(c) ECB above USD 20 million and up to USD 500 million or equivalent with a minimum average maturity of five years.

(d) ECB up to USD 20 million can have call/put option provided the minimum average maturity of three years is complied with before exercising call/put option.


Eligible Borrowers: Financial institutions dealing exclusively with infrastructure or export finance ;Banks and financial institutions which had participated in the textile or steel sector restructuring package as approved by the Government, Foreign Currency Convertible Bonds by housing finance Companies, Special Purpose Vehicles, or any other entity notified by the Reserve Bank, set up to finance infrastructure companies / projects exclusively, Multi-State Co-operative Societies engaged in manufacturing activity, Corporates engaged in industrial sector and infrastructure sector, NGOs engaged in micro finance activities are eligible to avail ECB for Rupee expenditure for permissible end-uses; Corporates in services sector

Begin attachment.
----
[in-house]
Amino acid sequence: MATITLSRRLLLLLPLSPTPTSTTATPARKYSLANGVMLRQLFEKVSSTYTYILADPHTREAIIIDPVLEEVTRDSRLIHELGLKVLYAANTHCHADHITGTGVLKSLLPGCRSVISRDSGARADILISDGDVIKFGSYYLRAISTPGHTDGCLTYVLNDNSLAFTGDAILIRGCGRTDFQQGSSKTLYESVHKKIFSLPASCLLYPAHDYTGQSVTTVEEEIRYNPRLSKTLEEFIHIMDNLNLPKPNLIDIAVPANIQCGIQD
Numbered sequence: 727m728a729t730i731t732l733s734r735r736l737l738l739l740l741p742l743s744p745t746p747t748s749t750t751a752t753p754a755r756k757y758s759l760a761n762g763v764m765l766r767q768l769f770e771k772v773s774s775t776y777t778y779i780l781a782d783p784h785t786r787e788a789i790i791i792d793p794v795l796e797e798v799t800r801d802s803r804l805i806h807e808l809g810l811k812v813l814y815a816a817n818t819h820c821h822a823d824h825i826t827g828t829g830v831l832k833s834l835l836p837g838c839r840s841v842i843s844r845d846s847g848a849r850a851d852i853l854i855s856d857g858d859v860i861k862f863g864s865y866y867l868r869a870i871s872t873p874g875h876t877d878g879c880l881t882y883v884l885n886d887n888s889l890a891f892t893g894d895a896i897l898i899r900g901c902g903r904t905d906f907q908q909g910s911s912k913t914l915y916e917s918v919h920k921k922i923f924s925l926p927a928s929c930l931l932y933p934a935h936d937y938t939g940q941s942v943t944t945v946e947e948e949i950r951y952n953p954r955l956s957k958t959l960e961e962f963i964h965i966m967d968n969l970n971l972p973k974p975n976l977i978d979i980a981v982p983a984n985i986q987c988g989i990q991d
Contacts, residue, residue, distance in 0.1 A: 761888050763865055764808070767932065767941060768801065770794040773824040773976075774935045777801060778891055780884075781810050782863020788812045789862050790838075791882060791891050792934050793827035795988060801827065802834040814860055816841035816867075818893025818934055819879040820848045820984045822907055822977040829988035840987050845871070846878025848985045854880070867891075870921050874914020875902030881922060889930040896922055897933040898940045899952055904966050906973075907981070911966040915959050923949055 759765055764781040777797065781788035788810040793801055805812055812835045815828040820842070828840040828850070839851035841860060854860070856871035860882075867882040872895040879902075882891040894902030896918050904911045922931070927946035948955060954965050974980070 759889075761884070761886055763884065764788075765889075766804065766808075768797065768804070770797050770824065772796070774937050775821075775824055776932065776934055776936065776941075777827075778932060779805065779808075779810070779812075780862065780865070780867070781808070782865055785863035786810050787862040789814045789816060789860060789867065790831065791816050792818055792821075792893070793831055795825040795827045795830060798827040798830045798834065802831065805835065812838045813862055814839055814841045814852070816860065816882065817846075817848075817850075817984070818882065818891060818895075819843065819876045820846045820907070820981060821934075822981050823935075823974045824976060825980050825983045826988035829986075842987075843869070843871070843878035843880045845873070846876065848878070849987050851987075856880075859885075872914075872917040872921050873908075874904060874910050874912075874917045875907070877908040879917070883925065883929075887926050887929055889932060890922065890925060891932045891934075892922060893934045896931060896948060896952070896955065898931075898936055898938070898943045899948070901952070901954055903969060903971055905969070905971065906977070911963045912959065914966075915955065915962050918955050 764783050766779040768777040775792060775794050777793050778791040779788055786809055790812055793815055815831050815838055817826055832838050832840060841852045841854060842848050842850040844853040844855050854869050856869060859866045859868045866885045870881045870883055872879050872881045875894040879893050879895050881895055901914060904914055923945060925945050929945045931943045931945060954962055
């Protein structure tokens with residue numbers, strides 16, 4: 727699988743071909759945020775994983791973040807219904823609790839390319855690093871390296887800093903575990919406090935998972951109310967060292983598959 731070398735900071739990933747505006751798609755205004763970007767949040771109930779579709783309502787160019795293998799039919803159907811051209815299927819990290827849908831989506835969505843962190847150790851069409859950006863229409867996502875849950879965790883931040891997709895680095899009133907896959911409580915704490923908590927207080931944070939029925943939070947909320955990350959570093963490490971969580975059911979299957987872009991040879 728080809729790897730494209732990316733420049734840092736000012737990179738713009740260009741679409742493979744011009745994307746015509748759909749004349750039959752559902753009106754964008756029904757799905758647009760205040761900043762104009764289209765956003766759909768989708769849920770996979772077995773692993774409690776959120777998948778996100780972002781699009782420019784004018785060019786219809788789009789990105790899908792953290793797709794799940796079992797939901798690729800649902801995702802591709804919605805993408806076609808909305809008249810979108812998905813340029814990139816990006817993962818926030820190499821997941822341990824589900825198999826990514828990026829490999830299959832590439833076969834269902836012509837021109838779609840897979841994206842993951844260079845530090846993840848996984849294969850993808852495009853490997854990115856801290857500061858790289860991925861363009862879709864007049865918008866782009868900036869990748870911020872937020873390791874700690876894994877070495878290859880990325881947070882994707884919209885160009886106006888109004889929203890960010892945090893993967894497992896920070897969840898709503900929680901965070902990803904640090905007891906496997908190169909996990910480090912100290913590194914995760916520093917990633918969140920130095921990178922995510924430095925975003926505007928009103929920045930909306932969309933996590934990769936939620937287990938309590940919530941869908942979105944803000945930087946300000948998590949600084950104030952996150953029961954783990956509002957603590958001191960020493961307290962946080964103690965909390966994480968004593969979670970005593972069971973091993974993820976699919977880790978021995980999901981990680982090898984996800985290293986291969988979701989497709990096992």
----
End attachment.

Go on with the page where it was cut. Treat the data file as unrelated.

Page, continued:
Recognised lenders: Borrowers can raise ECB from internationally recognised sources such as International banks, International capital markets etc. From ‘foreign equity holder’ where the minimum equity held directly by the foreign equity lender is 25 per cent but debt-equity ratio exceeds 4:1 ; NGOs engaged in micro finance activities.

Amount and Maturity:

(a) Corporates can avail of ECB of an additional amount of USD 250 million with average maturity of more than 10 years under the approval route, over and above the existing limit of USD 500 million under the automatic route, during a financial year.

(b) Corporates in infrastructure sector can avail ECB up to USD 100 million and corporates in industrial sector can avail ECB up to USD 50 million for Rupee capital expenditure for permissible enduses within the overall limit of USD 500 million per borrower, per financial year, under Automatic Route.

(c) NGOs engaged in micro finance activities can raise ECB up to USD 5 million during a financial year.
(d) Corporates in the services sector viz. hotels, hospitals and software companies can avail ECB up to USD 100 million, per borrower, per financial year, for import of capital goods.